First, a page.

Byline: BRIAN SEWELL
GOTHIC - even to the very word I have a deeprooted antipathy. No other juvenile aesthetic prejudice has remained inviolate, but to Gothic architecture - the enthusiasm of my earliest history masters - and all that fits with it in terms of objects, sculpture, tombs, rood screens and decorative embellishments, I have remained at best indifferent, at worst shudderingly hostile. I can don my art historian's hat and, shielded by the carapace of academic discipline, discuss Gothic early and late, Gothic high and transitional, Gothic decorated and perpendicular (it rivals Cubism in the number of its subdivisions); I can wax enthusiastic over Gothic's bastard manifestations in far-flung Portugal, Poland and Romania, and even argue that the International Gothic of the later 14th and earlier 15th centuries was, if not an aspect or adjunct of the Renaissance, in something of a symbiotic relationship with it; but when all is said and done, I know in my boots that I have always hated Gothic and that hated is not too strong a word.
This hatred was probably founded, not in experience of the true mediaeval Gothic, but as a child at Mass in the dim, grim, Gothic Revival churches of English Catholicism newly liberated in the 19th century. I now loathe nothing more intensely than the horrors of Puginism and the passion with which Pugin and his followers swamped a century of English architecture in the crude and bogus mediaevalisms that appeal so powerfully to Andrew Lloyd Webber and his dutiful acolytes.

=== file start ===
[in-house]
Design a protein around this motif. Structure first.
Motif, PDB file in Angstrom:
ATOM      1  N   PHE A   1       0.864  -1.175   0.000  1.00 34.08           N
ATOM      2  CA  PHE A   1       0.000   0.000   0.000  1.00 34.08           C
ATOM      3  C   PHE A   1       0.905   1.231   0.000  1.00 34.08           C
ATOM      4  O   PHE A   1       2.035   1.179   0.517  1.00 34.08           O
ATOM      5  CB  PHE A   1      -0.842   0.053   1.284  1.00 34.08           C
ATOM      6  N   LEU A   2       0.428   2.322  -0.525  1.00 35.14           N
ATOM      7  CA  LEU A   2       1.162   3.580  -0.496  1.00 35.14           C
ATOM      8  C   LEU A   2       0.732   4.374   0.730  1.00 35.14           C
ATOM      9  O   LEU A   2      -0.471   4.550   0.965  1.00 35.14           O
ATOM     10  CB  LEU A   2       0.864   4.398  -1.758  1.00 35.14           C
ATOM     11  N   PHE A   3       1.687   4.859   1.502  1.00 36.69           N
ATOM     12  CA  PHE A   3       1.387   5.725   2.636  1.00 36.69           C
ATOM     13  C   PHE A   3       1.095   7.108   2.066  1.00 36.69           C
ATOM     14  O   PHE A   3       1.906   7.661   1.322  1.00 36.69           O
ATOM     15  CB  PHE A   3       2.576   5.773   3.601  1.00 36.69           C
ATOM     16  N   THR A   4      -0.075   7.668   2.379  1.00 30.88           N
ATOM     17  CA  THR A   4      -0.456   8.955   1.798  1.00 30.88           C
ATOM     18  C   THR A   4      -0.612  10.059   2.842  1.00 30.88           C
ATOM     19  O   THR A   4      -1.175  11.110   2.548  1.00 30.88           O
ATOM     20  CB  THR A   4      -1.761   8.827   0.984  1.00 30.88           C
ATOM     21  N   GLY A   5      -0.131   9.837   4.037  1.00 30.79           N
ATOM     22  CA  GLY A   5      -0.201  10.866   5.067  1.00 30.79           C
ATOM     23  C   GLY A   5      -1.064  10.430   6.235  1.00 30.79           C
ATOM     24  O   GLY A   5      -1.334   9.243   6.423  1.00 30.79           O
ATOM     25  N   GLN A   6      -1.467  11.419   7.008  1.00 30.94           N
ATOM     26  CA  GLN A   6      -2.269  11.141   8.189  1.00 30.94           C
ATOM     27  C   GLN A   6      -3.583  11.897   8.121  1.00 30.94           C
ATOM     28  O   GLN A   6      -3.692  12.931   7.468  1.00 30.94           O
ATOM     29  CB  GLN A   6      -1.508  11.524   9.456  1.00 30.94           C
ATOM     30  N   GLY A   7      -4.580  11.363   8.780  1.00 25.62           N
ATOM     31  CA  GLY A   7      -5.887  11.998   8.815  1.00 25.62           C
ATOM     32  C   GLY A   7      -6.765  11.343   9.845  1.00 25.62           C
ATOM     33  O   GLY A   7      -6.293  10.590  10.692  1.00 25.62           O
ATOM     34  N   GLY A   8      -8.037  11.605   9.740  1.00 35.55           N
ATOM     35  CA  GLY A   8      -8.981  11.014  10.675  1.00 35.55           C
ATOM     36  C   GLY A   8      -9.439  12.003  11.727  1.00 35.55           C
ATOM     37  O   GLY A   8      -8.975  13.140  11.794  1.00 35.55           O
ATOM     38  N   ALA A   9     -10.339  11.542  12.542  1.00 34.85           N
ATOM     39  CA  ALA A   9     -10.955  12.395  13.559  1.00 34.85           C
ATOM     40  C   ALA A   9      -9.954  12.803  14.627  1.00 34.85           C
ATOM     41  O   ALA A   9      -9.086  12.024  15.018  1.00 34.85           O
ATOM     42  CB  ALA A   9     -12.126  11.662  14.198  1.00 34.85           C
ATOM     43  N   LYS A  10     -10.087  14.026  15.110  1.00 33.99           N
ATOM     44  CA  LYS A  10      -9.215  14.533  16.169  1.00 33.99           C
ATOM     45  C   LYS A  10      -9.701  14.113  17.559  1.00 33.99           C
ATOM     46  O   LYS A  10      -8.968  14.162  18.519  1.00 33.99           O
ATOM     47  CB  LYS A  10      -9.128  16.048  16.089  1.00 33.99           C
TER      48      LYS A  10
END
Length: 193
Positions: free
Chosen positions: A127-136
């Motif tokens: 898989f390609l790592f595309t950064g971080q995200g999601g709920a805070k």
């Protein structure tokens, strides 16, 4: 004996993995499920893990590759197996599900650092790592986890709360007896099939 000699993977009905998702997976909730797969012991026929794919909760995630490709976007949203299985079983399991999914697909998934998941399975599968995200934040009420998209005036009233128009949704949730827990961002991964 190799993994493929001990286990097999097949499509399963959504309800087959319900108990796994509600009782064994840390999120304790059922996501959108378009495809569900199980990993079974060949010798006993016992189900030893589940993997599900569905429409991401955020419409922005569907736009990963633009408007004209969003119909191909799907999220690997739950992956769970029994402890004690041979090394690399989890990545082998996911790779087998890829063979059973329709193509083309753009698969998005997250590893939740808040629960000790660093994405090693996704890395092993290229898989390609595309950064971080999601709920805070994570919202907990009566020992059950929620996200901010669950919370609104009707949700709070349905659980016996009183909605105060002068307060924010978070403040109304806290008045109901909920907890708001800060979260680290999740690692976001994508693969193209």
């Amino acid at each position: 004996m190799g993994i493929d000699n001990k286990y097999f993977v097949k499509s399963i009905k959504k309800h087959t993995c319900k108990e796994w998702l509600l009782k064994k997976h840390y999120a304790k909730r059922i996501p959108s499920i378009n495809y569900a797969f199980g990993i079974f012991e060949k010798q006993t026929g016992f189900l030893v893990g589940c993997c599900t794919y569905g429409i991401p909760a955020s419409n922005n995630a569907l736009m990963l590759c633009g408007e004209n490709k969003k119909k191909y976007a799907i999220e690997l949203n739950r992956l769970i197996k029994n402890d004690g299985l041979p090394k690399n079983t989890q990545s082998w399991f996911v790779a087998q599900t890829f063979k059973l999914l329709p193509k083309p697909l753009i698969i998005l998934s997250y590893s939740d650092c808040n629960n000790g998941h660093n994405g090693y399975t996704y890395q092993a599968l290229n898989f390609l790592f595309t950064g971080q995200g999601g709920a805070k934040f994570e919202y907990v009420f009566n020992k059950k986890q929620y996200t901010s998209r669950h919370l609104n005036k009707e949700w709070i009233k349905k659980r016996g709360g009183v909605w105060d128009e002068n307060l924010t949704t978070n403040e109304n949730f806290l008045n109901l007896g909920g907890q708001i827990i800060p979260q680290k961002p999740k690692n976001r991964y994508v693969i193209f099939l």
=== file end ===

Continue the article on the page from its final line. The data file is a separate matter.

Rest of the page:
I have, perhaps alas, never been converted to enthusiasm by the real thing, whether the real thing be the cathedral in Canterbury, Chartres or Burgos, the lesser churches of Long Melford and La Chaise-Dieu, or so small and simple a chapel as that at Keldby on the Baltic Island of M[degrees]n. With so enormous a gap between my enthusiasms for the Romanesque and the Renaissance, I am quite the wrong critic to review the current exhibition at the V&A - Gothic, Art for England, 1400-1547 - for the critic's duty is not to be critical but obedient to the propaganda machine. Even at this late stage in my life I still hoped, by its beauties, to be seduced from my scepticism, to be educated by its scholarship and utterly beguiled by both. I hoped that in an exhibition restricted to so short and late a phase of a style the whole time-span of which runs from the early 12th century to halfway through the 16th (though there are flickers still even in the 17th), I might be belatedly and suddenly converted by, for example, astonishing parallels with the Italian Renaissance.
But no. Seduction, education and beguilement were not in evidence.
Yet the years 1400-1547, chosen in this context because they represent the span of the post-Plantagenet Houses of Lancaster and York and the first two Tudor monarchs, were the years of the Florentine Renaissance in architecture, painting, sculpture and humanism, the years of Donatello's ferocious Habakkuk and startlingly naked David, the years of Leonardo's Mona Lisa and Last Supper, the years of Raphael's School of Athens, the years of Michelangelo's Sistine Ceiling and Last Judgement, the years when Titian's painting in oils on canvas swept aside tempera on panel and plaster fresco on the wall, the years of Brunelleschi and Bramante and such architecture as had not been seen since the decline of ancient Rome. But by all this, England was untouched.
In England we were content with what we already had and pleased enough to repeat it, admittedly with variations, but repetitions nevertheless - not for us the great intellectual and aesthetic leaps of the Italians. We were not interested in form and volume, not interested in space, not interested in perspective, linear or aerial. In Gothic art none of these was rationally organised, either empirically or scientifically, and if any manner of realism developed it was subsumed into ornament and decoration or reduced to wry and amusing mischief. …